Robert Carroll and Stephen Prickett

in The Bible: Authorized King James Version

Published in print February 1998 | ISBN: 9780192835253
Published online April 2009 |

Series: Oxford World's Classics


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Leviticus, the third ‘book of Moses’, continues the lengthy instructions for the organization of the tabernacle, focusing on the animal sacrifices for it (1–16). We have no evidence as to whether these belong to the first temple period, Assyrian–Babylonian, or the second, Persian–Hellenistic period. The important point is the role of animal sacrifice in the worship of YHWH at this time. Sacred shrines are holy places and sin represents a pollution of such places or an invasion of the holy by the unholy, and the controlled slaughter of animals was seen as the most effective means of purifying or protecting such places from the effects of human sins, collective or individual. The pouring out of the blood of the permitted sacrificial animals (i.e. ‘clean’ rather than ‘unclean’) was part of a set of apotropaic21 rituals in the legitimate cult. This involved proper priests performing rituals in strict accordance with the regulations set out in the text. It was a world of priests mediating between YHWH and the people and purifying the people whenever purification became necessary. The ritual of the Day of Atonement (Lev. 16) was to become one of the defining rituals of Jewish existence long after the Bible was produced—and remains so to this day. In that ritual, the use of a goat to convey the sins of the people away from the community and into the wilderness (16: 20–2) has given rise to the notion of ‘the scapegoat’—something which functions as the object of blame for other people's activities. The word was introduced into English by Tyndale as a direct translation of the Hebrew. Holman Hunt's famous Pre-Raphaelite picture gave the word a new vividness in the nineteenth century. The other English coinage associated with the Day of Atonement, the word ‘atonement’ itself, does not reflect the sense of the Hebrew word for ‘expiation’, or ‘expunging’, and carries too many subsequent Christian associations. These collections of laws and stories continue the organization of the community by Moses (17–27). Though Christian readers, perhaps aided by Peter's vision in Acts 10: 9–18, dispensed with the dietary laws, many of those concerned with sexual regulation were to prove irresistible to medieval Christian legislators (especially those of Lev. 18, 20).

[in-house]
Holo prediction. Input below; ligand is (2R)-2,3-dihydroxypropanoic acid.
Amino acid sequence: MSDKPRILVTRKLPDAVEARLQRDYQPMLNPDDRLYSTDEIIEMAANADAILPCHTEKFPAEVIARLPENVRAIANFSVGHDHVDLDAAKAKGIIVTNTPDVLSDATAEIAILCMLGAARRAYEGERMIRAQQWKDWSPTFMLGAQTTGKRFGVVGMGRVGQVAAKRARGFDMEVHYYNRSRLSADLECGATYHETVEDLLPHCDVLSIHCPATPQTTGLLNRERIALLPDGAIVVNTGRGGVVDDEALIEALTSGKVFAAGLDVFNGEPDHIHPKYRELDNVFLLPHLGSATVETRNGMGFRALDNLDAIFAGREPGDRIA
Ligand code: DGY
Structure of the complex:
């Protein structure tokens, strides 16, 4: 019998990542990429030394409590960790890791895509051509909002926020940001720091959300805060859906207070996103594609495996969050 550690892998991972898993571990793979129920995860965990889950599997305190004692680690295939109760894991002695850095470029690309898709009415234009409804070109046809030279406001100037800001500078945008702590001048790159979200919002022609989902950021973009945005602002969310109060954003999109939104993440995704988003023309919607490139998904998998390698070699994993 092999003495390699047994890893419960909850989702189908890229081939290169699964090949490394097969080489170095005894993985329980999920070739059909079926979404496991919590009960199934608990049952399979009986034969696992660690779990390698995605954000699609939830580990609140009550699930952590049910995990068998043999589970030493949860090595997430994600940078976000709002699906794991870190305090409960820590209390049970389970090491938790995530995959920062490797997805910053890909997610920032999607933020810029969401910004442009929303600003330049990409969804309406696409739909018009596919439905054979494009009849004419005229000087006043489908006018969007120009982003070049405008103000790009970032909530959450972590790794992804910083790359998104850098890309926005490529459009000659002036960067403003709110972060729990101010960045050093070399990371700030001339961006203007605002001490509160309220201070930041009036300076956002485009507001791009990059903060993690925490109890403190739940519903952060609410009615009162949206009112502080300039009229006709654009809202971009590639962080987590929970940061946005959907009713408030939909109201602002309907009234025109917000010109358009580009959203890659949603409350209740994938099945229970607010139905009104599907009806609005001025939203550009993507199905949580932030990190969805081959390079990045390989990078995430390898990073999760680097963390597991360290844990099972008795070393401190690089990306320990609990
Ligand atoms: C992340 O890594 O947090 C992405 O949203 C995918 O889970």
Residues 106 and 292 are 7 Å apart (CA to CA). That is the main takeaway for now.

Chapter.  455 words. 

Subjects: Religious Studies ; Biblical Studies

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